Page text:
DBJ: That’s a great question. I believe writing – and really all art – is an interactive endeavor. Every person who reads my work is going to bring to it a different set of life experiences, different emotions, a different way of processing information. This is one reason why I go back and read certain books again and again. A few years maturation can make re-reading a novel a completely new experience. The point is, if every reader is different, then it’s nearly impossible to write for “my readers” or “my fans.” I know some people will read everything I write: my agent, my wife, certain friends and colleagues. But they evolve as readers, too. I’ve worked with many editors, and I can’t say that I’ve written for any one of them. That, to my mind, would be a mistake as well.

In the end, then, I write for myself. Over the years I’ve found that if I love something I’ve written, the public reaction to it is pretty good. If I feel something isn’t my best work, reaction from readers and critics tends to dovetail with that opinion. Robert Frost said, “No tears in the writer, no tears in the reader. No surprise in the writer, no surprise in the reader.” I think, in part, he was talking about process – we need to struggle, and we need to give our characters and narratives some room to grow and change in ways we might not expect. But I also think he meant that what affects us as artists in the moment of creation will also affect those who receive and experience our work. So I write for me, and I discover along the way, and I love my job that much more for doing so.

PS: What is your ideal date? (sorry, that one is from Miss Congeniality)

DBJ: Love it. My perfect date will probably seem a little boring to most people (I sense a trend in some of my answers…), but that’s okay. I have been with Nancy, my wife, for nearly thirty years, and she remains my love and my best friend. Our perfect date? Probably a spring night, before the weather turns too warm. She’ll get home from work and we’ll cook together – maybe Mexican food, maybe something a bit more exotic: Thai or Indian. And we’ll open a bottle of wine (a peppery red California Zinfandel or a Marlborough region Sauvignon Blanc) and catch up on our day, on work, on conversations we might have had with one daughter or the other. After dinner we’ll sit on the porch and watch the fireflies come out and listen for owls and whip-poor-wills. Nothing fancy. Nothing too exciting. Quiet, close, easy, steeped in three decades of love and friendship.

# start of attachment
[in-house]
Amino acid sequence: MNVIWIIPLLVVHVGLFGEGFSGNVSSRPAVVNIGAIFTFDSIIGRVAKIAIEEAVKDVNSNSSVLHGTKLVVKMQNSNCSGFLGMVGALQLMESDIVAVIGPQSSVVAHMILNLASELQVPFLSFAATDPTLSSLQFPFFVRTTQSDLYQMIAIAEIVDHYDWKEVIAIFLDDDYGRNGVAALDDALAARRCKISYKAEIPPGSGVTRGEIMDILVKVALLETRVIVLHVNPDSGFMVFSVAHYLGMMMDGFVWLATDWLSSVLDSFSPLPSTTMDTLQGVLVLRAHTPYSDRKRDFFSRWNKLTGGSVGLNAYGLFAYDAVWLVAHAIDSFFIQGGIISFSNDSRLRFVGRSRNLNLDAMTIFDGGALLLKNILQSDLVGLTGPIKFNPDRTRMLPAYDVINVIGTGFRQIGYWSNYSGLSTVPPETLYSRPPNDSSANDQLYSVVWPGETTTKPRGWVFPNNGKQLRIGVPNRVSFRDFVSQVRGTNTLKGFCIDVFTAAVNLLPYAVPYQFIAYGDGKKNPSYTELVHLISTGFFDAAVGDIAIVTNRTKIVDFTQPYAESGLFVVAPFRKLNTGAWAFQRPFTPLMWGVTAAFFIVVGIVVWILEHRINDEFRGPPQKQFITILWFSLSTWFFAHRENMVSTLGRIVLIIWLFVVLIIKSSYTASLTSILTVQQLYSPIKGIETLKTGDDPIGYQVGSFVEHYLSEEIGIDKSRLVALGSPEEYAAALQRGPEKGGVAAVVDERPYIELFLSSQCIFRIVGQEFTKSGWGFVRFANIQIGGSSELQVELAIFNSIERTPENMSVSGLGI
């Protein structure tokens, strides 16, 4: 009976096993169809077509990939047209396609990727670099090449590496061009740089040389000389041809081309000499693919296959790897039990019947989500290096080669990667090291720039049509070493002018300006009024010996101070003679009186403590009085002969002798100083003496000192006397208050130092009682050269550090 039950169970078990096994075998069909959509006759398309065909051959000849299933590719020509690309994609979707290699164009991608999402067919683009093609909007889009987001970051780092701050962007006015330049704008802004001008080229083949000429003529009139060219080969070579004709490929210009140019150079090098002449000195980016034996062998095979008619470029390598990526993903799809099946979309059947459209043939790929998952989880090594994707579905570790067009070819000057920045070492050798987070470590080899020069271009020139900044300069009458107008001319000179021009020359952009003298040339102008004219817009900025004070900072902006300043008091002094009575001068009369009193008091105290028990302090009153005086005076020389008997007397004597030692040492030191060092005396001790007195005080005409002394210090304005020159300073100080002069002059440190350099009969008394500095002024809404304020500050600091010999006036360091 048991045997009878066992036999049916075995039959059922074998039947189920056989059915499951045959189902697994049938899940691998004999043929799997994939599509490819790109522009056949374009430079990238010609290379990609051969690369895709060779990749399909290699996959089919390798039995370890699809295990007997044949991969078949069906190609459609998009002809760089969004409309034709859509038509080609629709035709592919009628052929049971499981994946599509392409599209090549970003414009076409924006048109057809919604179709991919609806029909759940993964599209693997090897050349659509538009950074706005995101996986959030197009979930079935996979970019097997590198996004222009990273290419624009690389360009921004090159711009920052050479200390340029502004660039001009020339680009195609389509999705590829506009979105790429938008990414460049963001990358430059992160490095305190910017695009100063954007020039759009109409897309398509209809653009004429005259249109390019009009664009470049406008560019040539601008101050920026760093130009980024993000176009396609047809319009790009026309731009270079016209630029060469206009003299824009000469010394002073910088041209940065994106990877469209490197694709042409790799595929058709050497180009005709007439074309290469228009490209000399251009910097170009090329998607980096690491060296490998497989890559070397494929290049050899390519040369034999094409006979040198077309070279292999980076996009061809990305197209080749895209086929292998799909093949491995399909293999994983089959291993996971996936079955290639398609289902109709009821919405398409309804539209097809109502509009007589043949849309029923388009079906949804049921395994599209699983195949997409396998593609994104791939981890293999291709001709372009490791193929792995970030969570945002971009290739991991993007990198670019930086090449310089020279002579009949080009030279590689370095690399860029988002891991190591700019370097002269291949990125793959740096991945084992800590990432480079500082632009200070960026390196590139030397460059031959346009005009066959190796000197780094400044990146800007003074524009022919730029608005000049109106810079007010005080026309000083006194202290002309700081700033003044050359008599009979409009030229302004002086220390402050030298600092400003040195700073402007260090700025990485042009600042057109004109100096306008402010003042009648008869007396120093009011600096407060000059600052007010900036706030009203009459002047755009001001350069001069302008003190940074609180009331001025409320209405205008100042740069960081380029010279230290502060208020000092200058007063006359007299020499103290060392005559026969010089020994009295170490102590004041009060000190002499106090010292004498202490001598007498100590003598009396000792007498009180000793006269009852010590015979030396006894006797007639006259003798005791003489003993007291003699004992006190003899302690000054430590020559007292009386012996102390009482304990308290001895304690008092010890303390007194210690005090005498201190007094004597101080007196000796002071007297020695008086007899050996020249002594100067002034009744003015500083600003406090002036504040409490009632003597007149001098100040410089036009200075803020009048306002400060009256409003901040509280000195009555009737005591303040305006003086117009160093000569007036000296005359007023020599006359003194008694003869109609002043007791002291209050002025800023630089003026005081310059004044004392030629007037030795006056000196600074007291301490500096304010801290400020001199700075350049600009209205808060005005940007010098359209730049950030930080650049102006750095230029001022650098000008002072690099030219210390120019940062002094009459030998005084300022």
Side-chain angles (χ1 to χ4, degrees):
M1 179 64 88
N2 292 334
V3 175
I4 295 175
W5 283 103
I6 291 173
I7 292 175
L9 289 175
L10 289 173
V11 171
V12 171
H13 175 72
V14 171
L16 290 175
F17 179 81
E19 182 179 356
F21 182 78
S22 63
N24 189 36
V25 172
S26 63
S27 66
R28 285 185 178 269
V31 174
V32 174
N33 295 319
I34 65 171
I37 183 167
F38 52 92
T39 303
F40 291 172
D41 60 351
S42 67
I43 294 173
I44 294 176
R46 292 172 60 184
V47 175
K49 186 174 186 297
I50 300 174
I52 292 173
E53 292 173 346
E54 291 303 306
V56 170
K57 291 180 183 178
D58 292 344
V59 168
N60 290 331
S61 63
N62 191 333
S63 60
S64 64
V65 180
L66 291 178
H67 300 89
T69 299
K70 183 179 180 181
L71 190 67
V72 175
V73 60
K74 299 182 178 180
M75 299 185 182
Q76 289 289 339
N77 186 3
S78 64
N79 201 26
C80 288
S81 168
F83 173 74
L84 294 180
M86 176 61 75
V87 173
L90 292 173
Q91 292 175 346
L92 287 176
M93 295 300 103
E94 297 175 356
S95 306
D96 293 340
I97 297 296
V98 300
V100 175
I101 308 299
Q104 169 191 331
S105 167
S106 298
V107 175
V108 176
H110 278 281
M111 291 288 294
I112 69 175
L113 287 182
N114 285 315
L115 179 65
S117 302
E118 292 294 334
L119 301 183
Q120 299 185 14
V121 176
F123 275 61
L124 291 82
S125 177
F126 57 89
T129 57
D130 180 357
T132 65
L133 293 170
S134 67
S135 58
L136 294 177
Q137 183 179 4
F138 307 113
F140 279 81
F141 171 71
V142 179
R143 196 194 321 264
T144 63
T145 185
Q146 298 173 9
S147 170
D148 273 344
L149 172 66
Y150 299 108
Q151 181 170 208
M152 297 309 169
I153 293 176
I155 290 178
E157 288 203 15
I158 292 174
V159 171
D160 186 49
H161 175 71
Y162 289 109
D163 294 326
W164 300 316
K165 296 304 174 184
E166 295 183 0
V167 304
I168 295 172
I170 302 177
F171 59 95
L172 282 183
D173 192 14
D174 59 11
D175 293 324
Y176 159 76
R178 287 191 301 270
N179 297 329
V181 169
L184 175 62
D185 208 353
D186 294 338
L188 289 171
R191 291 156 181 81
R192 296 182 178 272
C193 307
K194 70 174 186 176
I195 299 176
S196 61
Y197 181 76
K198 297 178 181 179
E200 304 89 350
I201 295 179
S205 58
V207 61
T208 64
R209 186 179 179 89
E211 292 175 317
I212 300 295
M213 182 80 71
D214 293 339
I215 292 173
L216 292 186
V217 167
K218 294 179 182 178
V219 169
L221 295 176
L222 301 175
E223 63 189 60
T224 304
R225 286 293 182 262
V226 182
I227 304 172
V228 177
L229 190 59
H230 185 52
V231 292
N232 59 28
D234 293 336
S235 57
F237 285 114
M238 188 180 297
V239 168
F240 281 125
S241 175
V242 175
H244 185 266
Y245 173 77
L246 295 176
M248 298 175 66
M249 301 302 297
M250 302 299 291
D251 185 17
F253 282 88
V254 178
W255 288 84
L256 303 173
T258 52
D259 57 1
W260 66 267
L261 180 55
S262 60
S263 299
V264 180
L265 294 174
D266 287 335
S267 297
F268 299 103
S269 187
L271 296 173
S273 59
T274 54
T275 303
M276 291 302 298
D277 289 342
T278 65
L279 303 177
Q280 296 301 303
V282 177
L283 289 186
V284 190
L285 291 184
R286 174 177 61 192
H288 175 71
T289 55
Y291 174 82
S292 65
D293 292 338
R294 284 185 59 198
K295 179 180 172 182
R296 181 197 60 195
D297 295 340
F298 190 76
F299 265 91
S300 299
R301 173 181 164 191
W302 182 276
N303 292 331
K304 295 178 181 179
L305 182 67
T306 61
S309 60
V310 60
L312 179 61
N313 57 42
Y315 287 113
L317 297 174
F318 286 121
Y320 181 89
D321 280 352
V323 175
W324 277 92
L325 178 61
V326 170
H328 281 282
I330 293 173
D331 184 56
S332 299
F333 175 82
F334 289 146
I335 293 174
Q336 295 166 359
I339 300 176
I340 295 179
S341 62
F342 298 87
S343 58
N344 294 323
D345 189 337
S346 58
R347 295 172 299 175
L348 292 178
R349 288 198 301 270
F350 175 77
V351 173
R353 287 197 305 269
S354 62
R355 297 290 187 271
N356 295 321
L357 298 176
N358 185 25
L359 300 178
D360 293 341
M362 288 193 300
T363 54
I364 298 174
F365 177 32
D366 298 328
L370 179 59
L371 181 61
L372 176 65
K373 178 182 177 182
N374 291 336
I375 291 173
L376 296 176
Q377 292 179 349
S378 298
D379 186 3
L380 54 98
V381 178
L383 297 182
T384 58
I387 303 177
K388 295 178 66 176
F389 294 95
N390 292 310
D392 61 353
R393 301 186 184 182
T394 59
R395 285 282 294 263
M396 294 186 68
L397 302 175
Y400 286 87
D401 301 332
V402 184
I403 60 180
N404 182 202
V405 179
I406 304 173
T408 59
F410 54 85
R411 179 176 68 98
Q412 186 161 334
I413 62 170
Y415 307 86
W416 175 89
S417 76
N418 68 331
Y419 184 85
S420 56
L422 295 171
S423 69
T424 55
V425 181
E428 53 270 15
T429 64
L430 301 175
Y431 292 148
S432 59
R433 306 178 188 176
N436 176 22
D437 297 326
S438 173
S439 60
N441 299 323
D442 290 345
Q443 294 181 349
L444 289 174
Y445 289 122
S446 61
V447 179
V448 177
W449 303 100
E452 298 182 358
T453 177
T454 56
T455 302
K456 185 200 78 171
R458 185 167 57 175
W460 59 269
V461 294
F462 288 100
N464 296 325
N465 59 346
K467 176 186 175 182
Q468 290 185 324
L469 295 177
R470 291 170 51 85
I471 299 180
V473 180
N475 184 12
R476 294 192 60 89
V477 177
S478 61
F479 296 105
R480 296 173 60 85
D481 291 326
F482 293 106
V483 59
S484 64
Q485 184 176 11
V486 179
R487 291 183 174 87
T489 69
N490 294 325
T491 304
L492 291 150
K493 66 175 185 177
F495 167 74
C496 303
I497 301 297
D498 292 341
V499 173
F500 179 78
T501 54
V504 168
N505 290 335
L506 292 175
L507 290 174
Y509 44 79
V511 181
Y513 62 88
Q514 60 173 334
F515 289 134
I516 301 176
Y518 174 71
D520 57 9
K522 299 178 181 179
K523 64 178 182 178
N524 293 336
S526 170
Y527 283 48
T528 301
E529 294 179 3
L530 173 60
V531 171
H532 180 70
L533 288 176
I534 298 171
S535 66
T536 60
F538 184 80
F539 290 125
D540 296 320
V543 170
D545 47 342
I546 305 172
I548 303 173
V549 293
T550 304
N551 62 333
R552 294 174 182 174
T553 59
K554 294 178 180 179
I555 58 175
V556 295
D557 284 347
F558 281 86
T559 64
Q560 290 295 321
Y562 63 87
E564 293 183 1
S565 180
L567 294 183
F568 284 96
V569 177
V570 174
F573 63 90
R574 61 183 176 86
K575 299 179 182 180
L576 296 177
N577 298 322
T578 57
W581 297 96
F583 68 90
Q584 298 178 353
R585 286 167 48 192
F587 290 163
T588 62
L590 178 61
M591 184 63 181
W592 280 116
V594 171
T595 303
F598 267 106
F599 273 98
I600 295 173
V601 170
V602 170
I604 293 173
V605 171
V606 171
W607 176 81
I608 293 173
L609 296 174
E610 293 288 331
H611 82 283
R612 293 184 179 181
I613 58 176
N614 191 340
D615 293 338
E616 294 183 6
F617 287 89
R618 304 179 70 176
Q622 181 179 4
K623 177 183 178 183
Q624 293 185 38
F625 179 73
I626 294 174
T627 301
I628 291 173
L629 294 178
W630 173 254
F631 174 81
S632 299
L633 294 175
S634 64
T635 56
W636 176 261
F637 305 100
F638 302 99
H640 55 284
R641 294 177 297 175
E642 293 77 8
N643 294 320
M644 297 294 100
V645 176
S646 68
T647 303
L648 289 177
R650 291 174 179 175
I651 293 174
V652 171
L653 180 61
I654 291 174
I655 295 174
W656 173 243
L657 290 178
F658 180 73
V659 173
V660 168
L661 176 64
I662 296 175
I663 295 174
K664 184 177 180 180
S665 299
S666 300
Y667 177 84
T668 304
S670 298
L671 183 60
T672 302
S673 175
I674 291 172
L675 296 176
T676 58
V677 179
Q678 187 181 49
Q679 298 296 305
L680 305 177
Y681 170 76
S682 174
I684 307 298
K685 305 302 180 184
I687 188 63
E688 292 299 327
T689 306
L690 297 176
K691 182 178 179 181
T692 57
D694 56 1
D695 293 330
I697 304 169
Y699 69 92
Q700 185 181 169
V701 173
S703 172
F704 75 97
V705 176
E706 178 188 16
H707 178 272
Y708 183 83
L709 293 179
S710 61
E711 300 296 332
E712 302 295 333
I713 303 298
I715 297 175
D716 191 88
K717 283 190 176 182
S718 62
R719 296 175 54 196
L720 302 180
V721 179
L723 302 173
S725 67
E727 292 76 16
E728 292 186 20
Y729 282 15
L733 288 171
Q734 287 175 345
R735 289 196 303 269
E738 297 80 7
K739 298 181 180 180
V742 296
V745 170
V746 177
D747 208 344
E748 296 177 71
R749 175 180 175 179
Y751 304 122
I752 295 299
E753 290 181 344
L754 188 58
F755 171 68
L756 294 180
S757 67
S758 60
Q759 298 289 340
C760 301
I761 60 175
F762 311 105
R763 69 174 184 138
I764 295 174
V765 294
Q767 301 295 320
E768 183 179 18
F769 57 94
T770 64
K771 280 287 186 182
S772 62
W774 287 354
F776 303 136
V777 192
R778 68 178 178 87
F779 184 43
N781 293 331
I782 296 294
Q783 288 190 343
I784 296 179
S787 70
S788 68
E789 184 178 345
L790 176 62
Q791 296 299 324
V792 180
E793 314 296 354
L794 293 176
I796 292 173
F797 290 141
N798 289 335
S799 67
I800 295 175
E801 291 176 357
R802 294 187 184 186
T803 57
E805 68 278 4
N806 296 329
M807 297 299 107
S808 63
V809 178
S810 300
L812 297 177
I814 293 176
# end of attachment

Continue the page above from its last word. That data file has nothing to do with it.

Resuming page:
Thanks so much for hosting me, Patrice. It’s been a pleasure chatting with you!

PS: Likewise!

Bio: D.B. Jackson is the pen name of fantasy author David B. Coe. He is the award-winning author of twenty novels and as many short stories. His newest novel, Time’s Children, is the first volume in a time travel/epic fantasy series called The Islevale Cycle. The book will be released by Angry Robot Books on October 2. The second volume, Time’s Demon, will be released in May 2019.

As D.B. Jackson, he also writes the Thieftaker Chronicles, a historical urban fantasy set in pre-Revolutionary Boston. As David B. Coe, he is the author of the Crawford Award-winning LonTobyn Chronicle, which he has recently reissued, as well as the critically acclaimed Winds of the Forelands quintet and Blood of the Southlands trilogy. He wrote the novelization of Ridley Scott’s movie, Robin Hood, and, most recently, The Case Files of Justis Fearsson, a contemporary urban fantasy.

He is also currently working on a tie-in project with the History Channel. David has a Ph.D. in U.S. history from Stanford University. His books have been translated into a dozen languages.

Follow him on Twitter at https://twitter.com/DBJacksonAuthor.

Chapter 1

21st Day of Sipar’s Settling, Year 633

The between spat him out like chewed gristle.

Naked in the cold and dark, he dropped to his knees, shivering, sucking at precious air. Another Walk, more years added to a body already abused by too many trials and too many journeys through time.

He clutched his chronofor in stiff, frigid fingers and braced his other hand on the courtyard stone. Fear lifted his gaze, despite the droop of his shoulders, the leaden fatigue in his legs. Torches flickered in nearby sconces. Stars gleamed in a moonless sky. He saw no soldiers, no assassins. He heard not a sound.

Had he arrived too early? Too late?

He fought to his feet and turned an unsteady circle to get his bearings before heading to the next courtyard and the castle arsenal. No soldiers here, either. Panic rose within him like a spring tide. Within the armory he found a stained uniform in Hayncalde red, as well as a musket and ammunition. He didn’t see any boots that would fit.

He pulled on the uniform and loaded the weapon. He took extra powder, paper, and bullets – habit born of years on the run. But he knew he wouldn’t have a chance to use them. This night would end in one of two ways. In neither scenario would he get off a second shot.
As he left the armory, he noticed what he had missed earlier. A body lay in the grass a few paces off the stone path. A woman with a gaping wound across her neck, and a bib of blood glistening on her uniform. A few paces on, he spotted a second dead guard on the other side of the path. Both from Hayncalde, both killed with stealth. Not too early then, perhaps in the very teeth of time.

He hurried on to the hall, bare feet slapping on stone. Nearing the archway that led into the back corridor, he heard the first explosion rock the west gate. Voices rose in alarm and anger. Bells pealed from the castle towers. Moments now. He stole through shadow and candlelit passages, only pausing when he reached the door.

Another explosion, not so distant, but also not the one he awaited. Inside the hall, men shouted. A baby cried, and his heart folded in upon itself.

He gripped the musket, readied himself. One last explosion made the stone beneath him shudder and buck. His cue.

He kicked the door open, stepped through.

Bedlam. A haze of smoke. And the one he sought. He shouted the man’s name and raised his weapon to fire.